The Los Angeles City Council has voted to replace Columbus Day with Indigenous Peoples Day as an official holiday. Council members voted 14-1 on Wednesday to make the second Monday in October a day to commemorate indigenous, aboriginal, and native people. It will be a paid holiday for city employees. Councilman Mitch O'Farrell, a member of the Wyandotte Nation tribe, pushed for the switch. Some activists view Christopher Columbus as a symbol of genocide for native peoples, a position voiced by the vice chairwoman of the Los Angeles City-County Native American Indian Commission.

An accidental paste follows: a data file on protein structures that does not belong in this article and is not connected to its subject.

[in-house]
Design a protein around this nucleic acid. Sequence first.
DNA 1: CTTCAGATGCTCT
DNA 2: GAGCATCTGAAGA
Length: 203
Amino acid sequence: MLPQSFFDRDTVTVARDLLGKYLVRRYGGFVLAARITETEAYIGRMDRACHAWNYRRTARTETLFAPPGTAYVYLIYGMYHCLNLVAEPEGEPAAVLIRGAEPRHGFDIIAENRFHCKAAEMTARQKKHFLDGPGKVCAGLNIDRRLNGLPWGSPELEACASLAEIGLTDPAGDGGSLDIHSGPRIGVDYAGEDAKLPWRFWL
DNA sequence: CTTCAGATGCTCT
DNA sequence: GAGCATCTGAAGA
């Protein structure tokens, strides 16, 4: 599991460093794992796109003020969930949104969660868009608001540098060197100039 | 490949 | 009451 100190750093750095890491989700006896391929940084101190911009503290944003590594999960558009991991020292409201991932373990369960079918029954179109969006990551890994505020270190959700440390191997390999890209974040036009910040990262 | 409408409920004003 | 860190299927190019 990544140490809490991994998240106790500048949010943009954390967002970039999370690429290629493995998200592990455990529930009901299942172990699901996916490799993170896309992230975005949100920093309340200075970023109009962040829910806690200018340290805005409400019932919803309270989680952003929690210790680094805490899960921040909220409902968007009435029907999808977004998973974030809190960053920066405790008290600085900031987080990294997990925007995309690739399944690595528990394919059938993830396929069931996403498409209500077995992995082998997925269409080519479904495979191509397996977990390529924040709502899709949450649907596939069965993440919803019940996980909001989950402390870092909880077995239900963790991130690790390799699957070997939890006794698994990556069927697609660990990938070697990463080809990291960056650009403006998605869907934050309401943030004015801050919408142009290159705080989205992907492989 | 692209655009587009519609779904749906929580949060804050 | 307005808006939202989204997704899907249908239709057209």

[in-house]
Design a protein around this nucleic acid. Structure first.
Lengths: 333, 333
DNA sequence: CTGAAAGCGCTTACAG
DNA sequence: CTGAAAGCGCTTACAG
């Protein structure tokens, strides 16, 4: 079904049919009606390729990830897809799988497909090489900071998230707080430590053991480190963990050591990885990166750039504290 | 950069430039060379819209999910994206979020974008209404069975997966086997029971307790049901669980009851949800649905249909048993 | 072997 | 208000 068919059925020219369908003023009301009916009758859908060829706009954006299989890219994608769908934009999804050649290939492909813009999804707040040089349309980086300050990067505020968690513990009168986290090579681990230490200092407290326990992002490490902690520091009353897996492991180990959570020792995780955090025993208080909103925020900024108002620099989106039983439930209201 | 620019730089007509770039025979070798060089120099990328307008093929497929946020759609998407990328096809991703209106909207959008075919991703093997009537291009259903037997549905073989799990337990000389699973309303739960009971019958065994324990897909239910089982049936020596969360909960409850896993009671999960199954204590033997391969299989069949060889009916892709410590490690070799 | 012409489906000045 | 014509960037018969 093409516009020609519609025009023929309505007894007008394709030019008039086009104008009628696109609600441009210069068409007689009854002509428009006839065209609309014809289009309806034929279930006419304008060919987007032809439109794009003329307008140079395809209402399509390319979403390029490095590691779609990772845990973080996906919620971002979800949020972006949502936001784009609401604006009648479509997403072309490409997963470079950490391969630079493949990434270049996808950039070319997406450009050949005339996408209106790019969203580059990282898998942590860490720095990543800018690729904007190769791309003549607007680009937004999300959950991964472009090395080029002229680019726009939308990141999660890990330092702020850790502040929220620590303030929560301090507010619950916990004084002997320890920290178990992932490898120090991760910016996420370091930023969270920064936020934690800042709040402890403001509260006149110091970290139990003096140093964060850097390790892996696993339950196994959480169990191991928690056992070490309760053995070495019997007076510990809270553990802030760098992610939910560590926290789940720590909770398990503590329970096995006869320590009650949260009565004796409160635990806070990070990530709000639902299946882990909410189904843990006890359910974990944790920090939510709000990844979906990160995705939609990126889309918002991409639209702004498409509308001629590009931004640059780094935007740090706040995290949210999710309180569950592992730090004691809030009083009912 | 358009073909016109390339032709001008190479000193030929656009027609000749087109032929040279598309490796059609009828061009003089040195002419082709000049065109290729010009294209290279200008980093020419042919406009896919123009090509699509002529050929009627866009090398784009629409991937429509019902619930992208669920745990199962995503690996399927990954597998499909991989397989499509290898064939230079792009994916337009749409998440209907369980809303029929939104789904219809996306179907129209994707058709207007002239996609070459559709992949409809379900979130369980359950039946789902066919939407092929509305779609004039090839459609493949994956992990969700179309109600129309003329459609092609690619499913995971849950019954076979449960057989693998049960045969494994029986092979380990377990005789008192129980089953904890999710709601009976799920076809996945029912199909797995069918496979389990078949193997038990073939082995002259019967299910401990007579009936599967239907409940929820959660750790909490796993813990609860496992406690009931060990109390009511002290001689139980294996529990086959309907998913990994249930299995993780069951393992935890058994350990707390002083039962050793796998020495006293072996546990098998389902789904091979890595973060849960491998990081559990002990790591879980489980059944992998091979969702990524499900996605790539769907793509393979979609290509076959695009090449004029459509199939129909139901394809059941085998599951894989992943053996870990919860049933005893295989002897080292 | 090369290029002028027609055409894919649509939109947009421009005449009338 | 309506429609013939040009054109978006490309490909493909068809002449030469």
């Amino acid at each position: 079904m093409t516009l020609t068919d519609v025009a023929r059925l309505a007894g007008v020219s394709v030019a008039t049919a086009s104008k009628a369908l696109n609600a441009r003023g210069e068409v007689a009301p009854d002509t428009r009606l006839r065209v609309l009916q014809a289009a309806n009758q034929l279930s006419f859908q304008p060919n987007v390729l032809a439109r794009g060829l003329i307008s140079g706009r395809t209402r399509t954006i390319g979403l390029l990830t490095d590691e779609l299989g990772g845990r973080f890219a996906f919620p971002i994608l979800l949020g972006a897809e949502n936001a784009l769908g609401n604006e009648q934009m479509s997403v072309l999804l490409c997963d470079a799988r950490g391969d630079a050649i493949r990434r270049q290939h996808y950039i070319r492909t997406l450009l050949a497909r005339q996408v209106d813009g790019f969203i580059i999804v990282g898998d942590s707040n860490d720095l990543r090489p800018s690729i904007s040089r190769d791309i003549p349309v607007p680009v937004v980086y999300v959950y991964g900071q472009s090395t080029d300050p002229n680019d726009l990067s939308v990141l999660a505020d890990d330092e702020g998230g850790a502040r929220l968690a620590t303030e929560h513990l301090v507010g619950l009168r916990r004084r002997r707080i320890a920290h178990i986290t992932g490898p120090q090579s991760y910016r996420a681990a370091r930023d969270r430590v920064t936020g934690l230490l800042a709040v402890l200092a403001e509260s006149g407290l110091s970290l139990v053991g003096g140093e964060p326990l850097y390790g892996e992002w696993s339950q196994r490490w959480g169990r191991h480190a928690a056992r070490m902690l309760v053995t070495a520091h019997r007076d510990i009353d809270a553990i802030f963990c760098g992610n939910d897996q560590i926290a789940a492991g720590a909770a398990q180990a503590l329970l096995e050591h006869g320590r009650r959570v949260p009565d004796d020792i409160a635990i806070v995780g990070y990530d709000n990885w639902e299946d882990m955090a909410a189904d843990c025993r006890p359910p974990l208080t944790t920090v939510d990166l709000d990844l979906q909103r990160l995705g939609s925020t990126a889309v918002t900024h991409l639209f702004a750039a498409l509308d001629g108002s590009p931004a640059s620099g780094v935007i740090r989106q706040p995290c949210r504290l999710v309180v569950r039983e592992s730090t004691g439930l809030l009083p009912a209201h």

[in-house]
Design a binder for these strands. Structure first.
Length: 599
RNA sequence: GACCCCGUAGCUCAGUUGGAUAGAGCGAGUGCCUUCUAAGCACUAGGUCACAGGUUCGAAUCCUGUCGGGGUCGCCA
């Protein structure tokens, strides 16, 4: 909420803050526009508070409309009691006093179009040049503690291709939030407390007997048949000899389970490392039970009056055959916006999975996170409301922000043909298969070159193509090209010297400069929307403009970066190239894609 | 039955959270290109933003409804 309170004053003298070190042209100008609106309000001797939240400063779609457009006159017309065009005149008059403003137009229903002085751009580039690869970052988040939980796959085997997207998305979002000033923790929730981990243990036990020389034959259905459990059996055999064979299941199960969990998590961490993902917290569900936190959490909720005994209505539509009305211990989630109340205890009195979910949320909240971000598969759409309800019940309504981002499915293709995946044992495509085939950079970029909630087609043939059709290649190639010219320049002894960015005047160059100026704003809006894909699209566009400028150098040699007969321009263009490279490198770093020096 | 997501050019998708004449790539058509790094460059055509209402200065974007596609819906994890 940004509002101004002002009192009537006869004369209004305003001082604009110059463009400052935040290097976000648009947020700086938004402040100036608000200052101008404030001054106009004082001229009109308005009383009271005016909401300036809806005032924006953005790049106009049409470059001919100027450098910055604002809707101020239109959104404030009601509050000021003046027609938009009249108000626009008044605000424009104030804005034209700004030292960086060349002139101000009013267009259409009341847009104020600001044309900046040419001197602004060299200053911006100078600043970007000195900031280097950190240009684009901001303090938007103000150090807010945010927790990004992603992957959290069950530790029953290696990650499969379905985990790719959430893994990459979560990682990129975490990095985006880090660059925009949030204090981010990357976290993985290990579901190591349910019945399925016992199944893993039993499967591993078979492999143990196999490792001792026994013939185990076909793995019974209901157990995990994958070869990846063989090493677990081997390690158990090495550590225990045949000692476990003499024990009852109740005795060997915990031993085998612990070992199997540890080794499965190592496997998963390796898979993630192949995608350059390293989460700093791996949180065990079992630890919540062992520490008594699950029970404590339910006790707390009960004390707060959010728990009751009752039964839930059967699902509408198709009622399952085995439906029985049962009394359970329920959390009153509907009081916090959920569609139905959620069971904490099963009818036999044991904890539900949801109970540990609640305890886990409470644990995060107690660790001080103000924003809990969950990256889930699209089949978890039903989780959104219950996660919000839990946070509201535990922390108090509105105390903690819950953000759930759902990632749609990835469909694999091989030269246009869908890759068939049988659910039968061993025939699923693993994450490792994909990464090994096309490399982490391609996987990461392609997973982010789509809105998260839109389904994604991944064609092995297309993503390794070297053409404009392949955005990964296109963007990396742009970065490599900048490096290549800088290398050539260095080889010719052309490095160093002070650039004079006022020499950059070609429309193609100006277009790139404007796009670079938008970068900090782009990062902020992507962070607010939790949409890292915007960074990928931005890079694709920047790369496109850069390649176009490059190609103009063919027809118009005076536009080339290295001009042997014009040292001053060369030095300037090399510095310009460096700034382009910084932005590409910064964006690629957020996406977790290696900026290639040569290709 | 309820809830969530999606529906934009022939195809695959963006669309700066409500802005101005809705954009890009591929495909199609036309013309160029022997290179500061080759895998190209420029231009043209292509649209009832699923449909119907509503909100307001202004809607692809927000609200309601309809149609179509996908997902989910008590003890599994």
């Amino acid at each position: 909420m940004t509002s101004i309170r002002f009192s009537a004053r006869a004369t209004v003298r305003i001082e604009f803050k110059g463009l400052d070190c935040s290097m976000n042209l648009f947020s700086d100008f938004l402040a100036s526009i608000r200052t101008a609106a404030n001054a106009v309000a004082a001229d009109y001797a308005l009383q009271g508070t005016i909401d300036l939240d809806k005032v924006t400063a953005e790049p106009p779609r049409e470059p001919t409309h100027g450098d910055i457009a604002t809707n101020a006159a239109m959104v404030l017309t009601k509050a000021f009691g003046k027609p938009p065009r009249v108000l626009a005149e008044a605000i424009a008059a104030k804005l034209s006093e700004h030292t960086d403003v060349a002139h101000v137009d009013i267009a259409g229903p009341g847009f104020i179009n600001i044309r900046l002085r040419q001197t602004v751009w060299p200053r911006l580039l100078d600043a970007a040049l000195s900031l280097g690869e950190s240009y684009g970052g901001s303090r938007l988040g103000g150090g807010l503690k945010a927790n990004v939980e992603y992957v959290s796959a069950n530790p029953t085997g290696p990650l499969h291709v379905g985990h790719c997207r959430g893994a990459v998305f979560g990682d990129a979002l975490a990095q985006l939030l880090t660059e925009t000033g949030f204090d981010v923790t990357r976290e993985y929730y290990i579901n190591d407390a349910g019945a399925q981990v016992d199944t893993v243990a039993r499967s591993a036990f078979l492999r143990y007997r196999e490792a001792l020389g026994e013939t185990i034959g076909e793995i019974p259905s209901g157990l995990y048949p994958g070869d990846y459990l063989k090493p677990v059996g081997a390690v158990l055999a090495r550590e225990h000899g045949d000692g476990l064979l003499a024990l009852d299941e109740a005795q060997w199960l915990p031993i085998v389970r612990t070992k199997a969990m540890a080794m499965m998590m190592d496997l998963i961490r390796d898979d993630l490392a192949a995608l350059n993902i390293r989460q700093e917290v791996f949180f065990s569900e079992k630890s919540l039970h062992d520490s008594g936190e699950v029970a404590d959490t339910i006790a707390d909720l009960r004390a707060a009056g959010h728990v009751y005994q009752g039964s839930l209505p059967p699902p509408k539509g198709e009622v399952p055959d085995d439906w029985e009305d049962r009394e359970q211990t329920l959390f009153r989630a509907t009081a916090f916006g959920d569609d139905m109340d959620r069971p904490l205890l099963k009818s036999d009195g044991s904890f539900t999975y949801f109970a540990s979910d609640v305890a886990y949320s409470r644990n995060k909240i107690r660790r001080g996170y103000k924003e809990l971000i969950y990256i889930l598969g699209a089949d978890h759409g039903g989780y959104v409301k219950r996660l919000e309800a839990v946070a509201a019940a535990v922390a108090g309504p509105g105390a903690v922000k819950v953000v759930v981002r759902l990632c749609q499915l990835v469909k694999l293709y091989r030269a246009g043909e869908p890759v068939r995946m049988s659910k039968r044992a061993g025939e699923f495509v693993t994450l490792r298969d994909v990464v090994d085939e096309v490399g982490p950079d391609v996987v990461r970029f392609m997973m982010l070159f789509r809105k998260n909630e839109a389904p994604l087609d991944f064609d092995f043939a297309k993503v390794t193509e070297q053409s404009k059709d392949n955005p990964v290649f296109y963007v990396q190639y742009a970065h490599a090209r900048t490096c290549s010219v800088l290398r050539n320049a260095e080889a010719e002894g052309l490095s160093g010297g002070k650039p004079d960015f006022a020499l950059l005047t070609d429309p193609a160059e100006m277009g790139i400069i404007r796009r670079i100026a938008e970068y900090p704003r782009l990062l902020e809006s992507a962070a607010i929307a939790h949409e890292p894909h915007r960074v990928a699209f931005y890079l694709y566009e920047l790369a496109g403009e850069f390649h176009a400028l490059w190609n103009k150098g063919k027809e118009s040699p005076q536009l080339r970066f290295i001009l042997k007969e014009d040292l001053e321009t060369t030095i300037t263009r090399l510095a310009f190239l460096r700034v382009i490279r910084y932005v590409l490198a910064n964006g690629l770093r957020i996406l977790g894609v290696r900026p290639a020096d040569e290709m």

The Los Angeles Times quotes Chrissie Castro as urging the city to "dismantle a state-sponsored celebration of genocide of indigenous peoples. To make us celebrate on any other day would be a further injustice." Councilman Joe Buscaino was the lone "no" vote. He sided with Italian-Americans, who view Columbus Day as a celebration of their national heritage and had pushed to designate Aug. 9—the day on which the United Nations honors indigenous peoples—as a new holiday, but his proposal failed 11-4. Los Angeles joins San Francisco and several other cities nationwide in honoring native Americans in lieu of Columbus, reports the AP. (Read more Christopher Columbus stories.)